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Bracing for the Wall in the Rio Grande Valley

A hand-painted "No Border Wall" message is seen on the roof of the the home of Nayda Alvarez in La Rosita on Friday February 8, 2019. Alvarez' house is less than 100 yards from the Rio Grande and is in the path of a future section of the border wall. (Jay Janner/Austin American-Statesman/TNS)

February 20, 2019

By Jeremy Schwartz

MISSION, Texas — Just after 6:30 a.m., under a cold drizzle and black morning sky, Father Roy Snipes pulls the cord of an old bell and calls the faithful to Mass. Inside the peeling whitewashed La Lomita chapel, the priest puts on his green robes and tells the parishioners about the previous day’s court hearing.

“The judge just didn’t understand the nature of our relationship to this chapel,” he says in the darkened sanctuary, lit by flicker of votive candles. “There is so much meanness right now. This whole chapel stands for the hospitality of the people where we come from.”

He proposes an idea: holding another round of nine sunrise Masses, a novena, to register the flock’s opposition to the coming border wall.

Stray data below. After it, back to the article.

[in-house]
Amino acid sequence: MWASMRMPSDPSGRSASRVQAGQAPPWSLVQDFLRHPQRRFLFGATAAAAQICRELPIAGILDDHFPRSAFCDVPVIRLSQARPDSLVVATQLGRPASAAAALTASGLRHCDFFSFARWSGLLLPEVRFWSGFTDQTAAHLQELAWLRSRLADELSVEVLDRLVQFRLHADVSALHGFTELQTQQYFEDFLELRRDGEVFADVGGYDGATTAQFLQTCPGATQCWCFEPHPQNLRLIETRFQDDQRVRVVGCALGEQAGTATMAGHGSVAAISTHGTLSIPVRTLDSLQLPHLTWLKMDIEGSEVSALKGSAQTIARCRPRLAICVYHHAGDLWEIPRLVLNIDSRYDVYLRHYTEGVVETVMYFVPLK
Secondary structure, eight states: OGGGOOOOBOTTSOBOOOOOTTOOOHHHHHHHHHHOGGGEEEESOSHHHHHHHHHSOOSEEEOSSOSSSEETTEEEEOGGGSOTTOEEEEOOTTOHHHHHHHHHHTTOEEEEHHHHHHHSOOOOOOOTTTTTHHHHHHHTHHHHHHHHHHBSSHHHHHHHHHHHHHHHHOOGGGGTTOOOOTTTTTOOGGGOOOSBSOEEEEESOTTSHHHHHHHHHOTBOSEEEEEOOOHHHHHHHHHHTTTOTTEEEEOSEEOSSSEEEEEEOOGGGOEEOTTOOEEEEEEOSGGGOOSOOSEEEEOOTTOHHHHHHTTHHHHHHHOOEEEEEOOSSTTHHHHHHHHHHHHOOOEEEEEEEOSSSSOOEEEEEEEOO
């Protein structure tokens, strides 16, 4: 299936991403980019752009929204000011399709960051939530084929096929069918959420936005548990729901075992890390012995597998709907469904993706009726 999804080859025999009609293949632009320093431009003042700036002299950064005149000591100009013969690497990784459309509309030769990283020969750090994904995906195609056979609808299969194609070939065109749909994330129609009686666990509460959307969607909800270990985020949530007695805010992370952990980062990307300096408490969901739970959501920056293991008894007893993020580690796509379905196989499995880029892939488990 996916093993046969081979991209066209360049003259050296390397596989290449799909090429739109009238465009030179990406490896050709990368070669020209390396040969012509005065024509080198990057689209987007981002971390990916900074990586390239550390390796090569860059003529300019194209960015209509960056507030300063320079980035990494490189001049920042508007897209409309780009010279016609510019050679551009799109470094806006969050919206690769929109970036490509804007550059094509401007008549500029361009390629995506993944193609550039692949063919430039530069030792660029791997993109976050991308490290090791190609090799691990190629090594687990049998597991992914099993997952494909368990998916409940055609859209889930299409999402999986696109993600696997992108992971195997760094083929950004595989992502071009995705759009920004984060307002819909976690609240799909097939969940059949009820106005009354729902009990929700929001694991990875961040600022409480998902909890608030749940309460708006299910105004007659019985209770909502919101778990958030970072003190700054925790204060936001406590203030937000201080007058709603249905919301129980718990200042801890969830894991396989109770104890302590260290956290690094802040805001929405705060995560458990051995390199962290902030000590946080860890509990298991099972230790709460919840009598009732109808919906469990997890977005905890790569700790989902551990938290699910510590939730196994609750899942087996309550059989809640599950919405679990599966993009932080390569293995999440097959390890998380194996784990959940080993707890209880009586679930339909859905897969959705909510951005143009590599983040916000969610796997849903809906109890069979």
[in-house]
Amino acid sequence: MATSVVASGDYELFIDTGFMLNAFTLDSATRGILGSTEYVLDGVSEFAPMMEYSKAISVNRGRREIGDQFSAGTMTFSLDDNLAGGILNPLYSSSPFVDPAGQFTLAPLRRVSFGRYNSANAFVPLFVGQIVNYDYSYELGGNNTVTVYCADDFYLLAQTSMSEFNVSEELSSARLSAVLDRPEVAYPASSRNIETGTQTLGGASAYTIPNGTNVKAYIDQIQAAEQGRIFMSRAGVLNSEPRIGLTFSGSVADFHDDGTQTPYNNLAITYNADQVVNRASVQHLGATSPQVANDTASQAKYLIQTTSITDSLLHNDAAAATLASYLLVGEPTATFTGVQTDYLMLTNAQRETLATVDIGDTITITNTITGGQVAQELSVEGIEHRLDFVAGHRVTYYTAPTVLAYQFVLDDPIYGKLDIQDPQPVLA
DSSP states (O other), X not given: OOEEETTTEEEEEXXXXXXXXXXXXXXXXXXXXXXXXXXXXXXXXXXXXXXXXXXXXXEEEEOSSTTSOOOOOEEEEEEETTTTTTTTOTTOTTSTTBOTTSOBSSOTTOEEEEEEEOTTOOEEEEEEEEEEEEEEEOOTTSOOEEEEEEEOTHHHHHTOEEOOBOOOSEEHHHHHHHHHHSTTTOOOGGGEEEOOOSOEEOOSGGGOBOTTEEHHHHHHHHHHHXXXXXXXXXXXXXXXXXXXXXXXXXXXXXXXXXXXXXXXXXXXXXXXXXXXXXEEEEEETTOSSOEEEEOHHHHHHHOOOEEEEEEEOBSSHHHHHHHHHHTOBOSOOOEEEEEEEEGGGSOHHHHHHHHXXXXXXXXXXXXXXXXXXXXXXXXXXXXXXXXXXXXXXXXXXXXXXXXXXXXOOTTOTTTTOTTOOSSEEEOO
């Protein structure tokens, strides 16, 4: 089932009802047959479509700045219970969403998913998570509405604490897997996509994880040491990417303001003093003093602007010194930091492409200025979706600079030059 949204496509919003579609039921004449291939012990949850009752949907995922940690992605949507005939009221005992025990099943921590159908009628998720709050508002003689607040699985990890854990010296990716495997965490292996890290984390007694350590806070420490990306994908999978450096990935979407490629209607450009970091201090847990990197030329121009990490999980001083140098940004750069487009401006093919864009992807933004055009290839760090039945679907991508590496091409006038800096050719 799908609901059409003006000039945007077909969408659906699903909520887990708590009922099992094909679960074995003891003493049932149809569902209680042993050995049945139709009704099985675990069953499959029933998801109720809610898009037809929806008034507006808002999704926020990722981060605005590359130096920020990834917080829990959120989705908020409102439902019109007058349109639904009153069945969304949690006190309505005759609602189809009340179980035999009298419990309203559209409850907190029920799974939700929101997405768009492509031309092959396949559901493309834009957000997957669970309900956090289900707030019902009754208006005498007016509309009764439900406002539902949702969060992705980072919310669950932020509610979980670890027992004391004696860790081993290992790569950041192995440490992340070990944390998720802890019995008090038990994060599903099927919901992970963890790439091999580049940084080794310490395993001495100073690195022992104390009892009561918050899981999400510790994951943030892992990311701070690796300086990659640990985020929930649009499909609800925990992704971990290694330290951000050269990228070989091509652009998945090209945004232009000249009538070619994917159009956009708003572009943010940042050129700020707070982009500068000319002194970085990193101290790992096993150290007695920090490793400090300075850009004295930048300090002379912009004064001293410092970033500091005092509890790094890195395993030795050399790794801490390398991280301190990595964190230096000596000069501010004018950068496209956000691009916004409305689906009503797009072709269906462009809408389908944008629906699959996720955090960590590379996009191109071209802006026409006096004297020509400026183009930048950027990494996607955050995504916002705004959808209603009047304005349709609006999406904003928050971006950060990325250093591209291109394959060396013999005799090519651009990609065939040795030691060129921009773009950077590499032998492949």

“Can’t hurt,” calls out a voice from the darkness.

La Lomita has stood near the banks of the Rio Grande for nearly two centuries, since its founding by Oblate Missionaries who proselytized the countryside on horseback. The humble sanctuary gave its name to the surrounding town of Mission, and residents still consider it the area’s mother church.

But the chapel sits a few dozen feet south of the Hidalgo County flood control levee, which federal officials designated as the path for an 18-foot-high steel border fence and a surrounding enforcement zone of floodlights and roads for U.S. Border Patrol vehicles.

For months, Father Roy has been leading the fight to save La Lomita from ending up on the south side of a border fence, planned as part of 33 miles of barrier funded in a 2018 spending bill. It will be the first new border barrier built in Texas under President Donald Trump. “I’m worried sick,” Roy said before the anti-wall Mass. “It’s almost the opposite symbol of our lady of refuge.”